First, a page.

Although MillerCoors will continue to reach out to young drinkers in the future, it decided to focus its spending and attention on its Coors Light and Miller Lite brands, both of which appeal to an older demographic, in addition to the Mexican import beer Sol. But, perhaps all adult beverages should be worried about losing young drinkers, as the generation after millennials may end up with a preference for cannabis over alcohol after more states decriminalize the substance.

Thoughts? Continue the conversation at @alistdaily.

On Brand: Unilever’s Aline Santos On The Importance Of Brand Purpose

When 2.5 billion consumers use and trust your products each day, it is a brand’s responsibility to be mindful of how it shapes the world around it. This is a core ideal for consumer goods company Unilever.

Aline Santos, global executive vice president of marketing and head of diversity and inclusion at Unilever told AList that the proof is in the results. She explains that when the company employed non-stereotypical ads, they yielded 25 percent more branded impact.

Brand purpose is a fundamental element [of marketing],” said Santos. “If you have a brand that does not have a purpose, people are not going to be interested in talking about stain removal for long—you have to have something behind stain removal to talk about. Purpose is the biggest enabler for us to create content that people seek out.”

After a year of implementing a purpose-driven marketing strategy, Unilever decided to share the information with others. Introduced in 2017, the UnStereotype Alliance includes brands like Unilever, Johnson and Johnson and Proctor and Gamble—companies that normally don’t “sit together,” but unite under a shared goal.

Today, Unilever has a new goal for itself—to change stereotypes not just in advertisements but in the content it supports with advertising dollars. The company has also presented a number of Hollywood studios and producers with the opportunity to co-create “unstereotyped” content. This way, Santos explained, the company would feel more comfortable investing advertising dollars in content that shares its marketing values.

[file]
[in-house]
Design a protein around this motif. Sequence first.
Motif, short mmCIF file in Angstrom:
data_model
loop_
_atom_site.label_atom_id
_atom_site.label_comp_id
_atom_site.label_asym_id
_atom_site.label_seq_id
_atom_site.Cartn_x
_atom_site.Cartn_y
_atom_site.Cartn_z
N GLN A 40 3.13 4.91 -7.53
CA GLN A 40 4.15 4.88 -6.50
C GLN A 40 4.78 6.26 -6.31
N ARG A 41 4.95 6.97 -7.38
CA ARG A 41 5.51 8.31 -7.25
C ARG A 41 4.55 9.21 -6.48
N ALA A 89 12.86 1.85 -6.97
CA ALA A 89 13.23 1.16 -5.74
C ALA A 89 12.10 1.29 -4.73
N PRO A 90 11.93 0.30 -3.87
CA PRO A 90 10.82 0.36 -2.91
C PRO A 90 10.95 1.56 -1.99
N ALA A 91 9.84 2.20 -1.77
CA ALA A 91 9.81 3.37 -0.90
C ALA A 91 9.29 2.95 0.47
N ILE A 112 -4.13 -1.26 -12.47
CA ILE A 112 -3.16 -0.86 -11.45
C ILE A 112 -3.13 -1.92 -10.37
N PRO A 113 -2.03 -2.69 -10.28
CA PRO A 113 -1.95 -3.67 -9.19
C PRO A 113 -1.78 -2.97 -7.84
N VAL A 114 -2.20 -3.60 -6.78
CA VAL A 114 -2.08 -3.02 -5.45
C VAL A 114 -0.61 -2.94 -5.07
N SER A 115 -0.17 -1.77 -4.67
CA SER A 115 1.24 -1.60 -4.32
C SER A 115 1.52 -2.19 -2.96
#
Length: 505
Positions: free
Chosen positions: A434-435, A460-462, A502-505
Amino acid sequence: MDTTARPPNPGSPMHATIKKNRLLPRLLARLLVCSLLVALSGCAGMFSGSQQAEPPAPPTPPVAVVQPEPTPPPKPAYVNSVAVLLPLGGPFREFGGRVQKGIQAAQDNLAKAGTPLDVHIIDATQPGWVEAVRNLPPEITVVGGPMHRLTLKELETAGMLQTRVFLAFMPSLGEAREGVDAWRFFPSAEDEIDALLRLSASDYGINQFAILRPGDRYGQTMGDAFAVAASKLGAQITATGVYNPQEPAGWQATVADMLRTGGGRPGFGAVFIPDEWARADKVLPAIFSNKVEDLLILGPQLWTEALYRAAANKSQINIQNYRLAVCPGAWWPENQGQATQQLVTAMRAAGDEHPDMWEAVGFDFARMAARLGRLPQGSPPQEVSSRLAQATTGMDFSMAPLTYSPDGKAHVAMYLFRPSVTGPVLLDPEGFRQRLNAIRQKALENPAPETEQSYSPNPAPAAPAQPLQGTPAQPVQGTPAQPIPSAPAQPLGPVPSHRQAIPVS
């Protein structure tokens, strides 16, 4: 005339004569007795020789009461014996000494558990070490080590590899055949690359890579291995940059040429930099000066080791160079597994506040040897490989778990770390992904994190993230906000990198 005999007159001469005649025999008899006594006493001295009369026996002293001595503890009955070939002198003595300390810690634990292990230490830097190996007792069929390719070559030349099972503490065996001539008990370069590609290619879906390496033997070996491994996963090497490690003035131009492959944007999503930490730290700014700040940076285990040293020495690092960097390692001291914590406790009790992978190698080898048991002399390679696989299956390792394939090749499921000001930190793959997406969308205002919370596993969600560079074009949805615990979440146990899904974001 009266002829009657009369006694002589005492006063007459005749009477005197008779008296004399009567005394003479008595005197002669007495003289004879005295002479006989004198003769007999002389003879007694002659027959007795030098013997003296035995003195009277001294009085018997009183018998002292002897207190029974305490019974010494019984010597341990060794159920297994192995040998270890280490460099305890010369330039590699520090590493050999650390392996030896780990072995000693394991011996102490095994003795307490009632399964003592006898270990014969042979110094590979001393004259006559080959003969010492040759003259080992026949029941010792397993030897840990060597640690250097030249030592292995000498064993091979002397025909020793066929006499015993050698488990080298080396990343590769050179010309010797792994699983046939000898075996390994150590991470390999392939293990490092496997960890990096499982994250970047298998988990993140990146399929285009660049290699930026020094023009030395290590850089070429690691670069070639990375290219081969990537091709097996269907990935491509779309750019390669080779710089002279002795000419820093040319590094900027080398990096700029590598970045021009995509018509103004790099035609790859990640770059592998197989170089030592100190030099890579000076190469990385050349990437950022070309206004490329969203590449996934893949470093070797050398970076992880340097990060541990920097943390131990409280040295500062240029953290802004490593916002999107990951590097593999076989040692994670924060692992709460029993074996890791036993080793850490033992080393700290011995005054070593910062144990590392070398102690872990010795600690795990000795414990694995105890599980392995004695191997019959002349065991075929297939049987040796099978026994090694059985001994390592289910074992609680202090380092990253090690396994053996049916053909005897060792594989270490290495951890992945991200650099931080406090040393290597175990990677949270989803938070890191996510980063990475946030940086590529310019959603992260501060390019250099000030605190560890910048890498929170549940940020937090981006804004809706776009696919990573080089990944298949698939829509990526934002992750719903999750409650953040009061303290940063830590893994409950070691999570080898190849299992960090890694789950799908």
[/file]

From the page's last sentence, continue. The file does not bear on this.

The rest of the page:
Dove, for example, signed a three-year partnership with Cartoon Network and animated show Steven Universe in April. The partnership includes six animated short films that focus on self-esteem and body confidence.

“More and more, our consumers are moving from TV and interruption advertising into something else that they can curate. We want to be part of this content in a way that is more progressive.”

Starbucks And Alibaba Partner For Integrated Coffee Delivery Service In China

Starbucks and Chinese retail and tech conglomerate Alibaba Group announced the formation of a strategic partnership to create a coffee delivery service in China. With pilot programs launching in Beijing and Shanghai in September, the initiative will leverage partners such as the on-demand food delivery platform while “Starbucks Delivery Kitchens” are planned across Hema supermarkets for order fulfillment.

Ultimately, the two will expand the delivery service to cover 30 cities and 2,000 stores by the end of the year in addition to using Alibaba’s network of brands—including Tmall, Taobao and Alipay—to establish a virtual Starbucks store for personalized online experiences.

In a statement, Starbucks Coffee Company CEO and president Kevin Johnson said, “Thanks to the elevated customer experience delivered by our over 45,000 partners, Starbucks is growing and innovating faster in China than anywhere else in the world. Our transformational partnership with Alibaba will reshape modern retail, and represents a significant milestone in our efforts to exceed the expectations of Chinese consumers.”

With this program, customers will be able to buy beverages using either the Starbucks app or Alibaba’s suite of mobile apps, which include Taobao, Alipay, Tmall and Koubei. Additionally, customers will be able to send coffees to friends and loved ones through the “Say It With Starbucks” social gifting platform, and plans are underway to integrate the Starbucks Rewards program into all systems.

In combination with other initiatives, the partnership with Starbucks is another step in Alibaba’s broader New Retail plans to reshape China’s retail market by merging online and offline platforms.

The New Retail Strategic Opportunities fund was launched in 2016 and has been making strides in transforming retail using artificial intelligence and other technologies. For example, it partnered with clothing brand Guess in July to launch an AI-driven concept fashion store in Hong Kong.

Alibaba has also been investing heavily into out-of-home, putting $2.23 billion into Focused Media, a company that operates outdoor digital screens in Singapore, Hong Kong and China. The company currently claims to reach 200 million Chinese consumers across 300 cities with plans to grow that number to 500 million people in 500 cities.

The e-commerce giant also put $867 million into the physical home goods and DIY retail store chain Beijing Easyhome Furnishings in February, making it the fourth major investment it made into brick-and-mortar type retail stores. The other three include hypermarket (mega-sized big box stores) operator Sun Art, the InTime shopping malls and rival offline electronics retail giant Suning.